DNA codon degeneracy (64 triplets code for 20 amino acids, plus punctuation) allows us to design in new amino acids. We can create new DNA bases beyond ACGT. This is all highly complex machinery, and we are only just beginning to understand what is possible. However, materials are the infrastructure of design.
Then everyone trooped into the plenary room, to watch The Pilot episode of Doctor Who, which introduces new companion Bill Potts. This is very much an introductory episode, educating new viewers on the Doctor, the Tardis, and Daleks. The Doctor is in hiding, from what we don’t know, teaching at St Luke’s University, Bristol, where he has an academic office larger than that inhabited by many Vice Chancellors, and gives a lecture course that has probably not had its official learning outcomes approved by any sort of Teaching Committee. Once it was over, we flooded back to the fan food room – which had stopped serving 10 minutes earlier, because there was no-one around. So off for a short walk around Pendigo Lake to find dinner: a lamb, avocado, and chorizo burger at the Gourmet Burger Kitchen; yum.
Sunday at Eastercon: the busiest day, with eight different events!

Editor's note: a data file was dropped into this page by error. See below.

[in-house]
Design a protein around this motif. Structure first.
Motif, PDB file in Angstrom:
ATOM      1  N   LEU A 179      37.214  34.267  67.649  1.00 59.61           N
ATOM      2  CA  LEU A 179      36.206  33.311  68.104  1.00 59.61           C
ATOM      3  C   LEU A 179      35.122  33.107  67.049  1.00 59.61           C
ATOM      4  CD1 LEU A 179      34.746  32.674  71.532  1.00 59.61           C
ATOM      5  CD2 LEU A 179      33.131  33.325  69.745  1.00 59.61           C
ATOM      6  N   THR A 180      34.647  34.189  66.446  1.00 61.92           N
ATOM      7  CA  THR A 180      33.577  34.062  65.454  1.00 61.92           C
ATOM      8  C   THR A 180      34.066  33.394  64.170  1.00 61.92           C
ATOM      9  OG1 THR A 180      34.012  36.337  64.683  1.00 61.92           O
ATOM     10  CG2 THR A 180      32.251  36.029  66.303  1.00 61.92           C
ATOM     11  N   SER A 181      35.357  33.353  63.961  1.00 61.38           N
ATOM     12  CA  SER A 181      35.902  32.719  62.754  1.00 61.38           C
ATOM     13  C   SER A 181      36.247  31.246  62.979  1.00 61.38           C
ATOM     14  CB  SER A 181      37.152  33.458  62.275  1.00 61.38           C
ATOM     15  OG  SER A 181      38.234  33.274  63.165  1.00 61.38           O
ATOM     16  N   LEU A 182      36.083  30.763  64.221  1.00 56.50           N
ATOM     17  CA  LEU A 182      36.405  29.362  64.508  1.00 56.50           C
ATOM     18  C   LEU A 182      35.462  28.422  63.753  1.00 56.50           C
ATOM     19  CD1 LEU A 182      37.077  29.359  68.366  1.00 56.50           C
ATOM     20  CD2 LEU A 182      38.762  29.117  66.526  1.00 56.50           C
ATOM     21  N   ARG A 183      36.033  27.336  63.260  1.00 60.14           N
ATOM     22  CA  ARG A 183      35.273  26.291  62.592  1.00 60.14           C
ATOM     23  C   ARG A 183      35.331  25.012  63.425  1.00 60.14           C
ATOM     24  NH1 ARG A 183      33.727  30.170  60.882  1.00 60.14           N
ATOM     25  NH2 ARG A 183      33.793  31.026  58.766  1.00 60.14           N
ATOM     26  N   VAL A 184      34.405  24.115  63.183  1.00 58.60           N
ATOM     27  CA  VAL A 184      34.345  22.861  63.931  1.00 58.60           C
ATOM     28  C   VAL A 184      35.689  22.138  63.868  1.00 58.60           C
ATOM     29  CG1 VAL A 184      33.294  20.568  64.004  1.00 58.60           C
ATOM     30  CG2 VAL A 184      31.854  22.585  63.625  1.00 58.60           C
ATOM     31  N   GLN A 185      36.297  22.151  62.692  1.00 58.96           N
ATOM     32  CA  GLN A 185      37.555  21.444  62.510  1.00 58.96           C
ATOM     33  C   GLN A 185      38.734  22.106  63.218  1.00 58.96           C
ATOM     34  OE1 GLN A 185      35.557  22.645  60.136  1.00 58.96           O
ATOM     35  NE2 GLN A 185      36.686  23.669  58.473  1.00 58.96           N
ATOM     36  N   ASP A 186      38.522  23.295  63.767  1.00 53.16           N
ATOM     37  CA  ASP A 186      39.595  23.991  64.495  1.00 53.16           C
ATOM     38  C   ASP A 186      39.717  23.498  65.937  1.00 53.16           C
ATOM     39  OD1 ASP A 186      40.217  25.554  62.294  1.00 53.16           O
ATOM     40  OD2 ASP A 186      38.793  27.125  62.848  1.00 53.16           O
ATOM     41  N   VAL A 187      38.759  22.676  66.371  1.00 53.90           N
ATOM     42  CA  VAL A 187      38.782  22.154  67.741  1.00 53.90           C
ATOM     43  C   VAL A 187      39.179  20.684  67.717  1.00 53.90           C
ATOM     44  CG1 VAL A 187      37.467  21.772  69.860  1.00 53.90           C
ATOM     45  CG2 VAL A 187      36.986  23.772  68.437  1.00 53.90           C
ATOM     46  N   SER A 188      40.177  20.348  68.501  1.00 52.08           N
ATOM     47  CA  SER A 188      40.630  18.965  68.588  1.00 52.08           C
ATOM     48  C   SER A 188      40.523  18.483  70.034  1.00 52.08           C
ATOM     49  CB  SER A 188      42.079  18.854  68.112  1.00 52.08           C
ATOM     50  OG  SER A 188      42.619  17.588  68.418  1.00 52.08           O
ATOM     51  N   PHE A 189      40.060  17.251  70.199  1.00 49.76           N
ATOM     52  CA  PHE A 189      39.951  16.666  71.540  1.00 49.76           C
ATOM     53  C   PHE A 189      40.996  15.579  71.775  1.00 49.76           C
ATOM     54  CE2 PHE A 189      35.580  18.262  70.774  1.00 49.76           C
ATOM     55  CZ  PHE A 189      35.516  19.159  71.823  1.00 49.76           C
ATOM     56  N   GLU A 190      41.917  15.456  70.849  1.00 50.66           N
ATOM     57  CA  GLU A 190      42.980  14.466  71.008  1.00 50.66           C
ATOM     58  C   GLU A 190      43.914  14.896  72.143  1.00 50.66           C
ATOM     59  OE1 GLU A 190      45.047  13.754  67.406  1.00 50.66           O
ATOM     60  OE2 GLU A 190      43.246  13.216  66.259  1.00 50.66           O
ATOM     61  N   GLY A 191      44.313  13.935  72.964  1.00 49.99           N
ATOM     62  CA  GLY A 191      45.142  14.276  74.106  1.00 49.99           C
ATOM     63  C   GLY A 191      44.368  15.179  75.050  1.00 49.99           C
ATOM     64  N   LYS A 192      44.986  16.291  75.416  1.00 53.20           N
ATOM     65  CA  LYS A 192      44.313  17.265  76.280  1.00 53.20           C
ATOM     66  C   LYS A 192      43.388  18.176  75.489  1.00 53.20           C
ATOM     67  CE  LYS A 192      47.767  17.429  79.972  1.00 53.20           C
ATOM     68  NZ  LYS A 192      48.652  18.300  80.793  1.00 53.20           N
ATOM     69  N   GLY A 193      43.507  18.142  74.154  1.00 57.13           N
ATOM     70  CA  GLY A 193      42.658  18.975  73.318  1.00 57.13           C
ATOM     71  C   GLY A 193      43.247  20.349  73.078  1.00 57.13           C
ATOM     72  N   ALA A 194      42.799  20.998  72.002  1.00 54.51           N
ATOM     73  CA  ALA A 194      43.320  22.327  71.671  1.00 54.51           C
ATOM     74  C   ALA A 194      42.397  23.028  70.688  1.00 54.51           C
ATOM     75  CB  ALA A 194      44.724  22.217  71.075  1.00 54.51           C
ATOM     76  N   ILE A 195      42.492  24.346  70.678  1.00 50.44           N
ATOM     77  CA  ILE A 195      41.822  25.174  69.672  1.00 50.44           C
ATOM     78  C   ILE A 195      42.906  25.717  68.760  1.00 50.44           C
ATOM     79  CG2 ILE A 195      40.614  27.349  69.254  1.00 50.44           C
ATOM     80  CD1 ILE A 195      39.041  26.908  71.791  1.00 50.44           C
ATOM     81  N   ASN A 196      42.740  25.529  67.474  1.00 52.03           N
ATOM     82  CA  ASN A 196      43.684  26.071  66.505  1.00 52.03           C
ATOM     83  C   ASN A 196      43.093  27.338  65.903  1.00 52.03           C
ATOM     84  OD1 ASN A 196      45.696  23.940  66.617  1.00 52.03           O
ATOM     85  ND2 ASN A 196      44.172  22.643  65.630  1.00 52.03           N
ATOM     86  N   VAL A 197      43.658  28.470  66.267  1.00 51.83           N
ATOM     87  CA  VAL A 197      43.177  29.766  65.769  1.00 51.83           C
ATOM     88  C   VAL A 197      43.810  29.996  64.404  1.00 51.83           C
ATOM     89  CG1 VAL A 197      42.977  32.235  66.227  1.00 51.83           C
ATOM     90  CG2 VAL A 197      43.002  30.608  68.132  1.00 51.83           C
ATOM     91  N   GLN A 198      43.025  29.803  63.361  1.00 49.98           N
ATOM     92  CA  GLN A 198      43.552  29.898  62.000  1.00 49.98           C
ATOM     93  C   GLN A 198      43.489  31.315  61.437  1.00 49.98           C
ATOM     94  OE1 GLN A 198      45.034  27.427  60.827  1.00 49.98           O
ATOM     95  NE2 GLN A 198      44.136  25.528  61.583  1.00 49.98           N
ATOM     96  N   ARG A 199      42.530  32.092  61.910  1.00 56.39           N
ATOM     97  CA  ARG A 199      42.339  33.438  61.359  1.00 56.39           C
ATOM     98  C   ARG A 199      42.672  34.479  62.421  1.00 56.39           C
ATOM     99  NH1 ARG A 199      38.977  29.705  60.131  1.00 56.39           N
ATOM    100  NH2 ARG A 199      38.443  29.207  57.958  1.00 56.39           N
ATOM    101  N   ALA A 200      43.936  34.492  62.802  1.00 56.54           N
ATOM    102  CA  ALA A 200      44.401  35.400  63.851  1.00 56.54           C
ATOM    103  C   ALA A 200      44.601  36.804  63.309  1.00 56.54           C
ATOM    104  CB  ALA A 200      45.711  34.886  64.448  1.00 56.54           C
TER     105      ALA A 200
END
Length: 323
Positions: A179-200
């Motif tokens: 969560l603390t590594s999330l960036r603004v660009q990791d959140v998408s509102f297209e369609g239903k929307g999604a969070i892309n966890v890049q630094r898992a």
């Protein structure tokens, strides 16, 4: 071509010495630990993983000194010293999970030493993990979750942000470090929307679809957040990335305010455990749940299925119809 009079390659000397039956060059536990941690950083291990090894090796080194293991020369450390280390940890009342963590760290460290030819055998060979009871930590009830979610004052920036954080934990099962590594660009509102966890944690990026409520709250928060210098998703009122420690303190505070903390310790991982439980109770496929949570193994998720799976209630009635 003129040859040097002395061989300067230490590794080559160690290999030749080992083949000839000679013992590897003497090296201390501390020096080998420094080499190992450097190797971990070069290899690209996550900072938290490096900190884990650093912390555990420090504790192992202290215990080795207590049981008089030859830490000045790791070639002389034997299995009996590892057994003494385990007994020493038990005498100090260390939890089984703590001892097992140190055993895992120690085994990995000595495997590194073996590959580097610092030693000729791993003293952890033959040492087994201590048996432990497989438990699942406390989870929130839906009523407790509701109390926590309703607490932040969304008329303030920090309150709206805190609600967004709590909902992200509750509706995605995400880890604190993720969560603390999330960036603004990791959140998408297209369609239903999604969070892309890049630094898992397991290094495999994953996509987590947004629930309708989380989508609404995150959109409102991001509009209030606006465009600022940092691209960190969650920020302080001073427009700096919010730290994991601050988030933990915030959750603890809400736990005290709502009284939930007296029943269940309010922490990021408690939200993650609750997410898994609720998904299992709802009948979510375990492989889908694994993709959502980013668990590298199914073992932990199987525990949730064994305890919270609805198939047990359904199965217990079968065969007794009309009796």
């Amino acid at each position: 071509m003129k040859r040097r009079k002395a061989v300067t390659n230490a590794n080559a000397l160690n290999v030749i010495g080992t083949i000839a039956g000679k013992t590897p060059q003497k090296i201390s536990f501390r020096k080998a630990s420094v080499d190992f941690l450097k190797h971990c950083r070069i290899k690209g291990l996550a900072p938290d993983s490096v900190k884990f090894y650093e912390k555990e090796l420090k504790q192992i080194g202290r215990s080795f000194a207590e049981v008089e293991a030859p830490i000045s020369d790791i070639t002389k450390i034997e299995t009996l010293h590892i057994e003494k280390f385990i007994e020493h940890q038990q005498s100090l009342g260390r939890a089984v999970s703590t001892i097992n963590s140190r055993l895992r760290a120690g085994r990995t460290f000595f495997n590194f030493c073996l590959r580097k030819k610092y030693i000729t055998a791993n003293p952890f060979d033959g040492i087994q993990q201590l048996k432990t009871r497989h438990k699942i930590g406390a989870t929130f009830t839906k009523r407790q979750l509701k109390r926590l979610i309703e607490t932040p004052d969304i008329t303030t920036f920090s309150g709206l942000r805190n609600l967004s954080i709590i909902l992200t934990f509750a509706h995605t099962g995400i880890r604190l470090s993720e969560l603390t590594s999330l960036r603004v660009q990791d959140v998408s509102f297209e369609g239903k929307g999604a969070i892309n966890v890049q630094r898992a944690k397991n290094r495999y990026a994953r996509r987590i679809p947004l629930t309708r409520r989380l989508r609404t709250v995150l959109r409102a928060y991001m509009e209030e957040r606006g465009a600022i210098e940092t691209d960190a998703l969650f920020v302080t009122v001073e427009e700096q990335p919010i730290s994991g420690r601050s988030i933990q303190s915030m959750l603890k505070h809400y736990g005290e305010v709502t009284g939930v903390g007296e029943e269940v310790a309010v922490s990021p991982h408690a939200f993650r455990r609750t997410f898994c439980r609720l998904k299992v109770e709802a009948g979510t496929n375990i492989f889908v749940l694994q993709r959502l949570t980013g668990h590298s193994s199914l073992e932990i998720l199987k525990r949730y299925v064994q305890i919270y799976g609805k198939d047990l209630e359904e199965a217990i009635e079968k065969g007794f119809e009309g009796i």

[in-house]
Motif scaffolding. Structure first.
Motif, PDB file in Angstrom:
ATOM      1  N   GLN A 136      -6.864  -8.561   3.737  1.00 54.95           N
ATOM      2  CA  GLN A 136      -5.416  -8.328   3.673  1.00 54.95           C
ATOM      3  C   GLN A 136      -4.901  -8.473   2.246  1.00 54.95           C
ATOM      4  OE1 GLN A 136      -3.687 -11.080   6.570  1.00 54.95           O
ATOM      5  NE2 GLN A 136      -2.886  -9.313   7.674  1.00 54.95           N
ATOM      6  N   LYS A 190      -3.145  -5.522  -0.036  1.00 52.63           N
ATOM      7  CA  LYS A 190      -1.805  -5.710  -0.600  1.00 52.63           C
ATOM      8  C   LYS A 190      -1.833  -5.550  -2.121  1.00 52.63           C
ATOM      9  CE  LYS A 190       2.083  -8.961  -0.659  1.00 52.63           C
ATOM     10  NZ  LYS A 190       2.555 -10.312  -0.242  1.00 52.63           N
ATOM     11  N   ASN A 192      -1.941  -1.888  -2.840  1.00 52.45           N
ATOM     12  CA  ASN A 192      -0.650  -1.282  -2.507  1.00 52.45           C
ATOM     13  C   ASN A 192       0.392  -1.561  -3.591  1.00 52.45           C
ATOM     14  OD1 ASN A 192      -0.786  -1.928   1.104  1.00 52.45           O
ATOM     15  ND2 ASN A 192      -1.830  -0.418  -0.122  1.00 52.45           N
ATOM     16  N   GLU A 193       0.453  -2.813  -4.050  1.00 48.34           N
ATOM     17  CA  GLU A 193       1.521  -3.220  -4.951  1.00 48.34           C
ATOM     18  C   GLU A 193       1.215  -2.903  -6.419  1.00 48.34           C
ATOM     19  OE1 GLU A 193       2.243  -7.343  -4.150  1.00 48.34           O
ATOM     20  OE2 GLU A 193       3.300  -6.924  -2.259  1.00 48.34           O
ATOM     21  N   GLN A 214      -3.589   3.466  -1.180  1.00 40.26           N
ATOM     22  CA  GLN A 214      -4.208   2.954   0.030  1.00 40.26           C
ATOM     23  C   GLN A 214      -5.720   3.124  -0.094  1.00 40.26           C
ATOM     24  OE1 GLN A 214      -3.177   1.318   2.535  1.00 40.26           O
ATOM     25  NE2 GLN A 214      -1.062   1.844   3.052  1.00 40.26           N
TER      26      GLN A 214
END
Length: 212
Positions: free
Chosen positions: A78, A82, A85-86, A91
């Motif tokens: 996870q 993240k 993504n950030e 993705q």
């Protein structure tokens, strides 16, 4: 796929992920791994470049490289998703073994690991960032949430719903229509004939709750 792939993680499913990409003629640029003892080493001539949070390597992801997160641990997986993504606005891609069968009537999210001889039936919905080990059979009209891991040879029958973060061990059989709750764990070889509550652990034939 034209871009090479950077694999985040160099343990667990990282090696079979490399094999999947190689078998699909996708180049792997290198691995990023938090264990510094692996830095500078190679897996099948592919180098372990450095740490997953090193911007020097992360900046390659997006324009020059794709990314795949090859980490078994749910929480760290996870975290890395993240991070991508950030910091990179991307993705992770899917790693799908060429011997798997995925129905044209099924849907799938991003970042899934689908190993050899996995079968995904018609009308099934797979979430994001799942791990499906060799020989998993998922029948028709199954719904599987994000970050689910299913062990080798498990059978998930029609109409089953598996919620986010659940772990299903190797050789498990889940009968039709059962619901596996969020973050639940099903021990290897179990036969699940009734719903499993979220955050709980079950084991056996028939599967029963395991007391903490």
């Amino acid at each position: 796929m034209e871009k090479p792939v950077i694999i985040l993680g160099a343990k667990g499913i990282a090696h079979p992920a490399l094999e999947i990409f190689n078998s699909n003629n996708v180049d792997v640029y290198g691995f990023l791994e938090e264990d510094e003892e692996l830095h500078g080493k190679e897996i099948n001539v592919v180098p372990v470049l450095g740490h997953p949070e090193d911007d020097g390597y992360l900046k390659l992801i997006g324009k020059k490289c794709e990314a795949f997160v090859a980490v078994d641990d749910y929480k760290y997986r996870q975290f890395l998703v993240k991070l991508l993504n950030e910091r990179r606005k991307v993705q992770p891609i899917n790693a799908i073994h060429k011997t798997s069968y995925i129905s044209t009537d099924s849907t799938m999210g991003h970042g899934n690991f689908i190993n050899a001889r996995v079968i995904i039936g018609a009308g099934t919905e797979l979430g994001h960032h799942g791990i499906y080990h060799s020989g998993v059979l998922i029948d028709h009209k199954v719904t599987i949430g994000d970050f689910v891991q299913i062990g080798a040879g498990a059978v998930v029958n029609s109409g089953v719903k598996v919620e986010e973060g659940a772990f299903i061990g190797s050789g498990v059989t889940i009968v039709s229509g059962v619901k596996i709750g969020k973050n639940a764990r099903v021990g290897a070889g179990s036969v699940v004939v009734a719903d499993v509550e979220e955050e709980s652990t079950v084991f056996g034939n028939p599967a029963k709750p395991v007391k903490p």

First was a panel on Biohacking, defined as “amateur biological science and body modification”. Of course, some body mods already exist for medical purposes: pacemakers, insulin pumps, contraceptive implants, … The panellists included academic biologists and medical researcher. Quizzed about their “dream body mod”, their answers ranged from chloroplasts (they would be green, would need to eat less, and would have an excuse to stay out in the sun), enhanced vision (telescopic eyes for bird watching, microscope eyes for work), breathing underwater, and wifi connection directly in the brain.Social implications of these could be interesting: wifi would make pub arguments more complex, and might have a short term effect on exams (exam halls with wifi blockers) and a longer term effect (questions change to how well you can look things up). And microscope eyes would be bad for germophobes. On the amateur biology side, it was again noted that it is now possible to run a microbiology lab in your garage. There is a lot of good kit on eBay, from labs that have shut down due to loss of funding. Some things are easy, but when you start trying to produce new things, there will still be issues with contamination and variability. As the kit becomes cheaper, more small companies could set up producing designer meds, and more small companies could set up to analyse the purity of such meds.